Your intrepid liquor reporter loves this time of year. No, gentle reader, it’s not that I’m partial to the cold weather. Rather, this time of year is a veritable cornucopia of seasonal beers!
It all begins in September, when the shelves of our local booze merchants are crowded with special Oktoberfest Lagers.
By the time I have finished off the Oktoberfest-themed beers, usually with a few pretzels or bratwurst, the Pumpkin Ales appear on the scene, performing double duty for both Halloween and Thanksgiving.
As soon as the Halloween decorations come down, it seems the Christmas decor goes up, and with it comes the Christmas beers.
The Samuel Adams White Christmas is released every year right around this time. This Boston-based craft brewer came from humble beginnings, but is now available worldwide, including at a liquor retailer near you. The White Christmas Ale is a blend of wheat and barley malt, with orange peel, cinnamon, and a pinch of nutmeg for that festive flavour.
Moving over to the left coast, Anchor Brewing out of San Francisco has been producing a Christmas Ale each year since 1975, with a unique hand-drawn label of a different Californian tree species on each annual release. Available only from November to February, the recipe is different each year, but is usually a minor spin on a dark ale.
Faithful readers may recall Anchor Brewing as the wellspring of the California Common Beer style, which has long been a favourite of your humble narrator. I have enjoyed their Christmas Ale many times over the years, and this year will be no exception.
Closer to home, the Howe Sound Brewing Company in Squamish has been brewing Father John’s Winter Ale for many years, although it is only available during the winter months. Available only in one litre bottles, this is another spiced ale, with plenty of toffee malts to give the beer a solid structure, balanced with a complex spice aftertaste to keep things interesting. At 7% ABV, the large bottle is something you should share with a friend.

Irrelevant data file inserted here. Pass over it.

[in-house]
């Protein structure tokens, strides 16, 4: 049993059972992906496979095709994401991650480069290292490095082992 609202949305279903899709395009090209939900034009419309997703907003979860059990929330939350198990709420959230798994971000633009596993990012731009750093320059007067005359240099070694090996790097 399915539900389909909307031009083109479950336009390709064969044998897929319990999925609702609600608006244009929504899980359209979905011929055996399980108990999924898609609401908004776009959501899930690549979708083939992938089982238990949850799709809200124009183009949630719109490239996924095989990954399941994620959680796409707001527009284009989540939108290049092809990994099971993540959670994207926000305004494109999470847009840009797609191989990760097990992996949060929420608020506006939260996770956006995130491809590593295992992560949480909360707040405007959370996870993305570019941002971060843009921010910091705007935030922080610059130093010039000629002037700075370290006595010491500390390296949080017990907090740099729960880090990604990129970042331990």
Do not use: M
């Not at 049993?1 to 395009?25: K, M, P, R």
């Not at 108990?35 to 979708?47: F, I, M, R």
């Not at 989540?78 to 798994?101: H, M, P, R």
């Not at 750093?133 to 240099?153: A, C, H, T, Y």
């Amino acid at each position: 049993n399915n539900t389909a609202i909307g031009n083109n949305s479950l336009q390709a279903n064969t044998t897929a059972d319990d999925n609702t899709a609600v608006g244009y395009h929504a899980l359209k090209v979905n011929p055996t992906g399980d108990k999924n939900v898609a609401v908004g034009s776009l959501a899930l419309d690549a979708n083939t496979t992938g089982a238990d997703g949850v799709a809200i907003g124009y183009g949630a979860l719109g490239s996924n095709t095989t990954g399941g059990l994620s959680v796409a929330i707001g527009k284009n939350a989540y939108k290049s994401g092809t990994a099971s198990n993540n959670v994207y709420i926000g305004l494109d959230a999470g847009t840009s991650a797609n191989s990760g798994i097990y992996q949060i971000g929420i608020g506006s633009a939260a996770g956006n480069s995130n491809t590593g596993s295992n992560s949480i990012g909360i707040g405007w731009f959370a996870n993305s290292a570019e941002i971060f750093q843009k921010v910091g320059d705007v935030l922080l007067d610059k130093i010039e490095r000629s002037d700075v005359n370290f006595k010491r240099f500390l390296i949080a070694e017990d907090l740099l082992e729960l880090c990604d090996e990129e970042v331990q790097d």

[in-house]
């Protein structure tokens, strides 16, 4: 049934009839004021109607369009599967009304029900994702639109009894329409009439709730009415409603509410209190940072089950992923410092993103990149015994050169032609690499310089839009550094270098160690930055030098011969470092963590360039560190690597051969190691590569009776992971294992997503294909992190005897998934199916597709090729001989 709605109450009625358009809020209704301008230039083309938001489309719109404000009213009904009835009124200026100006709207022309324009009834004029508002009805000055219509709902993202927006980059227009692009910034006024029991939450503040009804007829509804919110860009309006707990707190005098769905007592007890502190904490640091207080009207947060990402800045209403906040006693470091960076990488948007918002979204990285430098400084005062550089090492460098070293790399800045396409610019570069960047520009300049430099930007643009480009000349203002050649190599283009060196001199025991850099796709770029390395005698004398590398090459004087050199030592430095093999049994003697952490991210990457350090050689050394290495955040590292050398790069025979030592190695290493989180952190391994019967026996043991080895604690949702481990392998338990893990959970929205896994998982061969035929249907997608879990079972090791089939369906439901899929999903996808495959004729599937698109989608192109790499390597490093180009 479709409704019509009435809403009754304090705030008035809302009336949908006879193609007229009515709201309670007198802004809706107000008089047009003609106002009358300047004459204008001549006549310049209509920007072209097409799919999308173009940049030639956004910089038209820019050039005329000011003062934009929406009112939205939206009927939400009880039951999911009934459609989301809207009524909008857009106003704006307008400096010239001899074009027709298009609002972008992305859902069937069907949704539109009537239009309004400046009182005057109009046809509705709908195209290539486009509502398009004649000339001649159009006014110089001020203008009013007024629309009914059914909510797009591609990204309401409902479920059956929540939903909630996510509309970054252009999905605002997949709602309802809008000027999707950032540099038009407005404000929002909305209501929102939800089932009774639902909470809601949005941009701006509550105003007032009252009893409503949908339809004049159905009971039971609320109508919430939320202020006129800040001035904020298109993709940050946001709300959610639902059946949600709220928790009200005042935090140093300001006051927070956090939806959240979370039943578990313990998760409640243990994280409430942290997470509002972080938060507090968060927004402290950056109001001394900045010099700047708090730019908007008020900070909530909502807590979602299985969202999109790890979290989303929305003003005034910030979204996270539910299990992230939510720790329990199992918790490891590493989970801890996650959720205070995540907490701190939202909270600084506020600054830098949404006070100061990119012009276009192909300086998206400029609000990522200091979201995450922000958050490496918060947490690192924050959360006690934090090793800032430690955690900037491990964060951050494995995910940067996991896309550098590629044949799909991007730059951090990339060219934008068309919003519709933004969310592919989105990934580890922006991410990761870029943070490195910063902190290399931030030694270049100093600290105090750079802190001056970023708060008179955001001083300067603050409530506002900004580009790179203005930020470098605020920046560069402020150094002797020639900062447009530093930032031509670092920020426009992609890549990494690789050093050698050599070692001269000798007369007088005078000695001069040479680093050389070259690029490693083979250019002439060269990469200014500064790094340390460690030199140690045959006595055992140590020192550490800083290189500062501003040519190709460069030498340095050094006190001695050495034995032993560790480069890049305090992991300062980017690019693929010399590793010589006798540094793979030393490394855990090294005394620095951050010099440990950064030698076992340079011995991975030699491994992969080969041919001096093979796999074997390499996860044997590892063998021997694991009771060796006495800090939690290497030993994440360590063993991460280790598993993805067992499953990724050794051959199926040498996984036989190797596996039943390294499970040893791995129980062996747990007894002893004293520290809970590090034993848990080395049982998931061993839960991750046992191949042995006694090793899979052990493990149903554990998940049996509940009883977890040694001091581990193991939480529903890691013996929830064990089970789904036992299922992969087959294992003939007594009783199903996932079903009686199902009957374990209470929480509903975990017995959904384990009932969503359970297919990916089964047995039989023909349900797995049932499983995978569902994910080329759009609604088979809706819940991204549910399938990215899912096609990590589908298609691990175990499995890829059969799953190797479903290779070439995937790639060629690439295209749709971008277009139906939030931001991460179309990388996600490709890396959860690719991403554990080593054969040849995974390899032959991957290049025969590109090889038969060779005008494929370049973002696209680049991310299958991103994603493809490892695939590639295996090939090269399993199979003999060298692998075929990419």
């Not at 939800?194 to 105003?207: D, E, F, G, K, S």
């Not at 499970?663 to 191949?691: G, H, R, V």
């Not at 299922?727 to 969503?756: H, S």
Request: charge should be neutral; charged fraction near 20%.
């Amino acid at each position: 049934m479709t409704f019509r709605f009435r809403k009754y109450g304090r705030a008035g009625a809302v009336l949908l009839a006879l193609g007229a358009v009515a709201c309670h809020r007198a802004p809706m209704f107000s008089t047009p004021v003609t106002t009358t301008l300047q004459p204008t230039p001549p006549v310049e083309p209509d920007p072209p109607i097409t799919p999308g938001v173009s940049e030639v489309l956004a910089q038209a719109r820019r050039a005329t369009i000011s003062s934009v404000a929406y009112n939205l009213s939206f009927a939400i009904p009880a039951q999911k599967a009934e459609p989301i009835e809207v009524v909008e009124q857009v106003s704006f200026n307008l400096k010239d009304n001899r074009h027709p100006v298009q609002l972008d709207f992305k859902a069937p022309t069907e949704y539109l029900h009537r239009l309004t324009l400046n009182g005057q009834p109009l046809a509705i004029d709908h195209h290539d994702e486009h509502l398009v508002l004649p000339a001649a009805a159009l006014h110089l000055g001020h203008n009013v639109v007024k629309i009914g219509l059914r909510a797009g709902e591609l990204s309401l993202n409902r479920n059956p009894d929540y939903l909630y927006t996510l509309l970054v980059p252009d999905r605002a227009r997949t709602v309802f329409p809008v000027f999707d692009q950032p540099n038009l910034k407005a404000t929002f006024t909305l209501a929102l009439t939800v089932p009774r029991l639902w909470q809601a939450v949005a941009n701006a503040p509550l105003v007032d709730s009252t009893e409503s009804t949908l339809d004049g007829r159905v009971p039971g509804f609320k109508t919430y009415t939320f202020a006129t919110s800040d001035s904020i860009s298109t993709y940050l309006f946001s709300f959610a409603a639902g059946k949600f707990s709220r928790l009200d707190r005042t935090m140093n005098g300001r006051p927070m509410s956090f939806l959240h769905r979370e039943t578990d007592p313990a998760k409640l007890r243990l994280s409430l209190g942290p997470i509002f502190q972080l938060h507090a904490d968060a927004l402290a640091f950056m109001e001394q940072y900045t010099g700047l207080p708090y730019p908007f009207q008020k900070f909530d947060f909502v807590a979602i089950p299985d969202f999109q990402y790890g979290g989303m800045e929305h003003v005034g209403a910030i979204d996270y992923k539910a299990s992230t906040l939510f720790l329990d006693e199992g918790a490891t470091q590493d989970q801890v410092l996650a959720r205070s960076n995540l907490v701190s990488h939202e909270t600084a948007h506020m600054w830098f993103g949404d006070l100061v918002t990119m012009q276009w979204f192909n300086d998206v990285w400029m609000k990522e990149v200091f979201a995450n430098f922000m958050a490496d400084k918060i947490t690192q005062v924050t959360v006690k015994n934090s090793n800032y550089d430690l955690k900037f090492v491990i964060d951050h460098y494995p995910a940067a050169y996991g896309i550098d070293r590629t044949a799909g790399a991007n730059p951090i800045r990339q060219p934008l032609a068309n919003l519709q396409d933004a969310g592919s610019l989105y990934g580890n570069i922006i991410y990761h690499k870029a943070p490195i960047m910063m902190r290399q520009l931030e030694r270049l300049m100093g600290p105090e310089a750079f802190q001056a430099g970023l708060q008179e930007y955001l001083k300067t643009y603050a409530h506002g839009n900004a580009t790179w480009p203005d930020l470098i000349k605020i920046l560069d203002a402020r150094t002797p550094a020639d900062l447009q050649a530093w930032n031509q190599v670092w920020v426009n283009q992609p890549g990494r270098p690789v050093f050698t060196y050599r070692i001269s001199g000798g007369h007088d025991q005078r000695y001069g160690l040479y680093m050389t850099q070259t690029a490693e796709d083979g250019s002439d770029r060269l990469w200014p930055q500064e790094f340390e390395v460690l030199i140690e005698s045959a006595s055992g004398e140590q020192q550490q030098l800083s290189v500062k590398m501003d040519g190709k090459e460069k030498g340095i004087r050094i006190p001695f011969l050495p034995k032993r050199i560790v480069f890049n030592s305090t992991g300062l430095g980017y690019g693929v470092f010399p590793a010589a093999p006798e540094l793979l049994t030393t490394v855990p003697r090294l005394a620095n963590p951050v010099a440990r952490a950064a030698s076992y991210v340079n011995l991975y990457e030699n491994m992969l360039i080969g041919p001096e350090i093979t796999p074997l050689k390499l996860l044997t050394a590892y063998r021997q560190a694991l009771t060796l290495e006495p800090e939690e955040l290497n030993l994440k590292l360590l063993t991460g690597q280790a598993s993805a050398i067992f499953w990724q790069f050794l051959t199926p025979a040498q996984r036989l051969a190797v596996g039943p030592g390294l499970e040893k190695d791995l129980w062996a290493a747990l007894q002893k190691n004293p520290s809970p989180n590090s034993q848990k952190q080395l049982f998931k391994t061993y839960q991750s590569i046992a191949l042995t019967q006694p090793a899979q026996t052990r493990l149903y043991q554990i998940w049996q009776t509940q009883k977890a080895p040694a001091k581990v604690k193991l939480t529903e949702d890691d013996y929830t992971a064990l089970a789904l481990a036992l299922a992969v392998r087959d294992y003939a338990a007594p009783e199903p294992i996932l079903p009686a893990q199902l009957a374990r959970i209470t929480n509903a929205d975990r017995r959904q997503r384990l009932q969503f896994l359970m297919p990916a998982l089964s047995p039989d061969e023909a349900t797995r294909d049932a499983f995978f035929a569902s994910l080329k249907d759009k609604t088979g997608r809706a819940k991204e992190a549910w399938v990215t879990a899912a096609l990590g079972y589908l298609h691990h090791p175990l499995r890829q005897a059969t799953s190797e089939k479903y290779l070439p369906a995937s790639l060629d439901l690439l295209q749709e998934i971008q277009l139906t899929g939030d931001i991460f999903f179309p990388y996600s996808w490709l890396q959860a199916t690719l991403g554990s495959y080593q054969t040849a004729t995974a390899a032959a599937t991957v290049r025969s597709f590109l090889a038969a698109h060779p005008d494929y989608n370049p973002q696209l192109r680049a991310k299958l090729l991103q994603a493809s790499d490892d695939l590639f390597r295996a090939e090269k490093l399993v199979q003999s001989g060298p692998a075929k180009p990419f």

Just up the QE2, Edmonton’s Alley Kat Brewing has released the ______’s Chocolate Orange Porter. Yes, you read that correctly, the ______’s part is so you can write your own name on the label, which will certainly make it easier to keep track of your bottle at crowded parties.
A full-bodied porter, this beer has strong overtones of cocoa and espresso from the dark roasted malt, with just a hint of orange aftertaste, almost as though a crafty beer gnome threw in a dash of Grand Marnier while pouring.
Right in our own back yard, the Wild Rose Brewery on the old Currie Barracks site in Calgary has once again released their seasonal Cherry Porter, which your intrepid liquor reporter always partakes of this time of year.
Faithful readers may recall that this particular brew has earned a spot in the illustrious beer tome “1001 Beers You Must Taste Before You Die”, which your humble narrator has been diligently plugging away at.
Made with ripe BC cherries, then aged with a dark porter-style beer, this brew reminds me of a smoky-flavoured black forest cake. The beer pours almost black into the glass, and has an intense flavour that will take your taste buds on a wild ride.
This beer is available on tap directly at the Wild Rose Brewery, or you can find one litre bottles at most liquor stores in Alberta. With such a full flavour, this is a large bottle best shared with a friend or two, and perhaps even paired with some braised shortribs to complement the flavour.
With so many different Xmas-themed beers, your humble narrator follows an annual tradition of making up his own beer-themed Advent Calendar.
I begin on December 1, opening a single seasonally appropriate brew from a different brewery each day, until the grand finale on December 25 with a bottle of Samichlaus, also known as the Santa Claus Beer.
For those readers not familiar with Samichlaus, it translates directly from the German into Santa Claus, and is a whopping 14% ABV lager that is brewed only one day per year, on the historical feast day of the 4th-century Saint Nicholas, then aged for 10 months and released just in time for Christmas. If I’m feeling particularly festive, maybe I’ll even leave a bottle for Jolly Old Saint Nick, instead of those dreary milk and cookies!